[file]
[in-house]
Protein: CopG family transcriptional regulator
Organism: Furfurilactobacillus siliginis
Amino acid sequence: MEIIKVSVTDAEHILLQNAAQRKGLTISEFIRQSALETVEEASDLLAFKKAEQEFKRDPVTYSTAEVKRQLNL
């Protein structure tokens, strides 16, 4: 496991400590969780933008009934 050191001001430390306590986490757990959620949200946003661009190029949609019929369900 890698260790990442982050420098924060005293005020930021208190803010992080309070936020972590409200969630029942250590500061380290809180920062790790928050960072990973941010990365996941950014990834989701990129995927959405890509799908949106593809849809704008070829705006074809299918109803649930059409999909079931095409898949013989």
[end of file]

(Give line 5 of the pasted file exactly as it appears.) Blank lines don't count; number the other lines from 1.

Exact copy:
């Protein structure tokens, strides 16, 4: 496991400590969780933008009934 050191001001430390306590986490757990959620949200946003661009190029949609019929369900 890698260790990442982050420098924060005293005020930021208190803010992080309070936020972590409200969630029942250590500061380290809180920062790790928050960072990973941010990365996941950014990834989701990129995927959405890509799908949106593809849809704008070829705006074809299918109803649930059409999909079931095409898949013989």